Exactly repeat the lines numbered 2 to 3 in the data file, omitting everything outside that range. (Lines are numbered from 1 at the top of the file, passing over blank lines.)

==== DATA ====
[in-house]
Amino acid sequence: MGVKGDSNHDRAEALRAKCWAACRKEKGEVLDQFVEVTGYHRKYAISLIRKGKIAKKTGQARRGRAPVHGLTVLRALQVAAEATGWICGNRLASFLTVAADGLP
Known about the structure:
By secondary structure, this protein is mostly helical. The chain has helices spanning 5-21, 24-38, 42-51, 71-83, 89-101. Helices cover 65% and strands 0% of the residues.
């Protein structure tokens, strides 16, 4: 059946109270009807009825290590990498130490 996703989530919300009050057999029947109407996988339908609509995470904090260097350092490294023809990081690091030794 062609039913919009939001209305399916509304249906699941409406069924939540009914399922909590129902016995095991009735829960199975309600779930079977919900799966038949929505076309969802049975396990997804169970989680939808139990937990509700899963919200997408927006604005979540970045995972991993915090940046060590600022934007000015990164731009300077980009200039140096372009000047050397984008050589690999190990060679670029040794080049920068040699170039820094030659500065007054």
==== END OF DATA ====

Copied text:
Amino acid sequence: MGVKGDSNHDRAEALRAKCWAACRKEKGEVLDQFVEVTGYHRKYAISLIRKGKIAKKTGQARRGRAPVHGLTVLRALQVAAEATGWICGNRLASFLTVAADGLP
Known about the structure: